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LV COUNCIL TO PATIENTS: NO POT! AND NO TALKING!

Medical Marijuana
Medical Marijuana

In a somewhat unusual move, especially on a controversial issue, the Las Vegas City Council cut off public speakers at its Sept. 17 meeting, voting unanimously to pass a six-month moratorium on granting business licenses to medical marijuana dispensaries.

The immediate effect of the moratorium is limited, because such dispensaries, originally called for by voters in a medical marijuana amendment to the Nevada Constitution in 2000 yet not authorized by the Legislature this year, need state regulations in place before they can operate. Those rules are supposed to be in place as early as December.

Mayor Carolyn Goodman said at the council meeting that the city did not have to allow public discussion on the moratorium — which has been opposed by some medical marijuana advocates — because there was public hearing and discussion at another, smaller meeting of the council’s Recommending Committee the day before. City Attorney Brad Jerbic agreed.

“Just because you’re entitled to a public hearing doesn’t mean you’re entitled to a public hearing before the full council,” Jerbic said. The council’s recommending committee, which also supported the moratorium, includes just three council members.

Several in the audience objected to shutting off public comment before the full council.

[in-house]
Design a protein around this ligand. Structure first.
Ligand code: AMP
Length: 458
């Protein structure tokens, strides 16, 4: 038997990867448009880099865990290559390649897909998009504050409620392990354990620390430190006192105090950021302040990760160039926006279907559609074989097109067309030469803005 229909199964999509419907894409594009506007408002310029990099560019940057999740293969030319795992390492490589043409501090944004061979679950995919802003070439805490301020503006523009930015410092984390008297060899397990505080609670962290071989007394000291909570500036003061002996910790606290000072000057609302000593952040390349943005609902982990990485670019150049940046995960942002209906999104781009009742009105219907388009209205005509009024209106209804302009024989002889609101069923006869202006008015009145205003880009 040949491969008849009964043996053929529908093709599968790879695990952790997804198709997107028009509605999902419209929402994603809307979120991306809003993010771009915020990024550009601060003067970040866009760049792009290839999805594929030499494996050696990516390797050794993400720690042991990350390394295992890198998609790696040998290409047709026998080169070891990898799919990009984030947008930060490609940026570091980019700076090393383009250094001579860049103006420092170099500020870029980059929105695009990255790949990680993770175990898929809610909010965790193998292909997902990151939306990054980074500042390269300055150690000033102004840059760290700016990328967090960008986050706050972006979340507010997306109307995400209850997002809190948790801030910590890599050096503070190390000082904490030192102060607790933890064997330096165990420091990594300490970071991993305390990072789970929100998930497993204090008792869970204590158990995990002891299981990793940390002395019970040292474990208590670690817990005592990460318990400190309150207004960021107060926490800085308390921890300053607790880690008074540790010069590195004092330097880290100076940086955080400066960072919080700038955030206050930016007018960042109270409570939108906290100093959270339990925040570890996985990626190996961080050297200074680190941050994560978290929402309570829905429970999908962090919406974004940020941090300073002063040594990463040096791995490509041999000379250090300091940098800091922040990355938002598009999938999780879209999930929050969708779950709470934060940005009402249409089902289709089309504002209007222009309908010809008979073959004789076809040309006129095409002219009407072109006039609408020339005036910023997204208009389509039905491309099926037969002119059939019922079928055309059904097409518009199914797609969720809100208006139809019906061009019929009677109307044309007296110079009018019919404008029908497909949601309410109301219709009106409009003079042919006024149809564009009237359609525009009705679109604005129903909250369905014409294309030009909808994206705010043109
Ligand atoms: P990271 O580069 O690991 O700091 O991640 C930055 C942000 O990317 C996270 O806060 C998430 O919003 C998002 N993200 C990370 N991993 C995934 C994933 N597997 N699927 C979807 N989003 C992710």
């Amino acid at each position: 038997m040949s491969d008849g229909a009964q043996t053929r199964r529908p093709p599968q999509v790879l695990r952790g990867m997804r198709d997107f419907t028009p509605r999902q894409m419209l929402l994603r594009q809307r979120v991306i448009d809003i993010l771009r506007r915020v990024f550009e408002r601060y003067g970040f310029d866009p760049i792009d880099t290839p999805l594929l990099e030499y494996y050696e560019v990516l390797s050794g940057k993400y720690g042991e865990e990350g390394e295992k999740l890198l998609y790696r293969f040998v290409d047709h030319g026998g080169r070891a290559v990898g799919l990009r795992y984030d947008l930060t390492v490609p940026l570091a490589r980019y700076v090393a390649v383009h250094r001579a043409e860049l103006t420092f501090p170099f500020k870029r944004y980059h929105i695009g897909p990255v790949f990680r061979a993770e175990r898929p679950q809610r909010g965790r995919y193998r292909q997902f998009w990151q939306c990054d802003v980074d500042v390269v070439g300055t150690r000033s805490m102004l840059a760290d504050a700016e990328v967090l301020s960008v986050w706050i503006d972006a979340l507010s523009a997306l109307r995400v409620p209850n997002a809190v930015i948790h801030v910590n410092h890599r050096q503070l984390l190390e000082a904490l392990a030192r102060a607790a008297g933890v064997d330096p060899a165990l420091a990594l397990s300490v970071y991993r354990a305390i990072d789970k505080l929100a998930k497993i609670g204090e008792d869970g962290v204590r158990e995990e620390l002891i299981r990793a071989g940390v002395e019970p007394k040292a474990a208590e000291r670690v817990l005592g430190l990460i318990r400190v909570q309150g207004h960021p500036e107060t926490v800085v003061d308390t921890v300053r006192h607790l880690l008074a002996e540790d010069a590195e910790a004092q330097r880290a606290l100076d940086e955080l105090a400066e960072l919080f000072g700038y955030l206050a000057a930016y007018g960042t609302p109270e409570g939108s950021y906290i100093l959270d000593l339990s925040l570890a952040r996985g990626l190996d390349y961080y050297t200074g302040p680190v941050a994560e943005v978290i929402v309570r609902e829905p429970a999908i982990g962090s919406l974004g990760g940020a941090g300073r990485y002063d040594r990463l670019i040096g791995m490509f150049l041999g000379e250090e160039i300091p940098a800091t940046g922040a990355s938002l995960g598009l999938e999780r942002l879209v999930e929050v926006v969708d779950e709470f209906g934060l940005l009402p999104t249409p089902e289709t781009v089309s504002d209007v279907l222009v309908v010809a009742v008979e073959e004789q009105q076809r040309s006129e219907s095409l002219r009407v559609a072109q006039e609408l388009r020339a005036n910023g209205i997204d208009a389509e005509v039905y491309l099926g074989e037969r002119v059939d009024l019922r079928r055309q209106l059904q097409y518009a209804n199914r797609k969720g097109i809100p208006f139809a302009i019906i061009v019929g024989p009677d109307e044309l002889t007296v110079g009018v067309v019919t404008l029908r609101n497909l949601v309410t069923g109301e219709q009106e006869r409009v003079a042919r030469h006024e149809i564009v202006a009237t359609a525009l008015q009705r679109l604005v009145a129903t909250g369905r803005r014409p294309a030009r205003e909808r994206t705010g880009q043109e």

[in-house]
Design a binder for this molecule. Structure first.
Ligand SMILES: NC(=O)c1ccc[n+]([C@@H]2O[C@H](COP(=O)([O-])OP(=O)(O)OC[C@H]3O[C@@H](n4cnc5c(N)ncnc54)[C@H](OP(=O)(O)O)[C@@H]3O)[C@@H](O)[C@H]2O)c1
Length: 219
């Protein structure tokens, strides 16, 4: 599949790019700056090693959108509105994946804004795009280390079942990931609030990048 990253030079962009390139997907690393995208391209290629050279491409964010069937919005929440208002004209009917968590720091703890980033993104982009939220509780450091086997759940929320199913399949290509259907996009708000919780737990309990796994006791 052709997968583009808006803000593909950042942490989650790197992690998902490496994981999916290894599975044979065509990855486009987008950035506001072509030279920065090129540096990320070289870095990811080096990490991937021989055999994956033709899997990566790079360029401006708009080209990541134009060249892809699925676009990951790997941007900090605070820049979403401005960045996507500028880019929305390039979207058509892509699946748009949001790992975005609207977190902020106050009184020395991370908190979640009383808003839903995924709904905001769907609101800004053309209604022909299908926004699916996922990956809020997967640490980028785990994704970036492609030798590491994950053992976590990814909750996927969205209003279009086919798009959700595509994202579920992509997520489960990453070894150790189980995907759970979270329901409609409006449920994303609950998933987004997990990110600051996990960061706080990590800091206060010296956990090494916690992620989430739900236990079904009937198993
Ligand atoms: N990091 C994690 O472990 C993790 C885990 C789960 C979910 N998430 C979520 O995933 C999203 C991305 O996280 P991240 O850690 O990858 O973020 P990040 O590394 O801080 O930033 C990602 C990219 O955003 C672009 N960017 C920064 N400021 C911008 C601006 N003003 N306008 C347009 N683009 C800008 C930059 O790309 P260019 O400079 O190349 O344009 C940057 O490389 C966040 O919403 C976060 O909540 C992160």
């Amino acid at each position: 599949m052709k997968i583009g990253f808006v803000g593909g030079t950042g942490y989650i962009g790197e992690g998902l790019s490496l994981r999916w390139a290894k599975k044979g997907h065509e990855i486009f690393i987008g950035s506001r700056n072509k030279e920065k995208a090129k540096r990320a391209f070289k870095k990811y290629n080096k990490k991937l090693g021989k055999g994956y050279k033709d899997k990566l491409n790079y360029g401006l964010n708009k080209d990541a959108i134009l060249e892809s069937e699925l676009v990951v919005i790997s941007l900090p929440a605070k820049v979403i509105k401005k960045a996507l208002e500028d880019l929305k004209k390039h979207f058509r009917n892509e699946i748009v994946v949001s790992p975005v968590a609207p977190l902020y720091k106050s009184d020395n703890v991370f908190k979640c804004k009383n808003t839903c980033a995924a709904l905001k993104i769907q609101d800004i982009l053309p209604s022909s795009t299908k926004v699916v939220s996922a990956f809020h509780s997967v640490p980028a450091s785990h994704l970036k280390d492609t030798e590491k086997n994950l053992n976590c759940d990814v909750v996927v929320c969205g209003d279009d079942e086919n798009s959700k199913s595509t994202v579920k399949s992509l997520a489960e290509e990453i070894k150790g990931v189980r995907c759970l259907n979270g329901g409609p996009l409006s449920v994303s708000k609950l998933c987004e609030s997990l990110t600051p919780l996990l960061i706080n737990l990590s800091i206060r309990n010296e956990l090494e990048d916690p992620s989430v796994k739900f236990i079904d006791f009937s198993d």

“Some of us have been waiting for three hours” to speak, said attorney Bruce Gale, who added that audience members had filled out co-called “comment cards” requesting time to speak on the issue. Gale also said that some would-be speakers had come from out of state to the meeting.

Jerbic and several council members insisted that the moratorium, which lasts for six months and bans any construction or operation of a dispensary in the city during that time, is a temporary measure while the city awaits permanent rules being drafted by the state.

But the discussion among council members also indicated that medical marijuana patients might have bigger problems getting the leafy herb down the road, at least legally in the city.

Goodman, as she has before, said she is concerned that dispensary operators were motivated by profit rather than philanthropic reasons for establishing the pot stores. The mayor in the past has mused aloud about regulating equal prices among dispensaries so that patients would not be forced to shop for medical marijuana.

Jerbic noted that although medical marijuana is authorized by state law — and subject to a hands-off directive from the Obama White House for states that have permitted some kinds of pot sale and use — there are still potentially harsh federal laws in place for the growing, distribution and sale of marijuana.

Councilman and Mayor Pro-Tem Stavros Anthony, a former Metro police captain, agreed.

“It’s considered a dangerous drug under federal law that you can go to prison to, for a number of years,” he said, adding that he did not want to be accused of abetting drug trafficking. Nonetheless, Anthony added that he was not taking a stand on medical marijuana specifically.

Vicki Higgins, spokesman for WECAN, Wellness Education Cannabis Advocates for Nevada, a medical-marijuana advocacy group in Nevada, said about 15 people were at the council meeting who wanted to speak.

“We were all very, very much disappointed,” she said.

She said she’s still confident that dispensaries will be permitted next year in the city of Las Vegas.

“Basically, the council’s goal is that all the ducks are in a row before the dispensaries are set up,” Higgins said.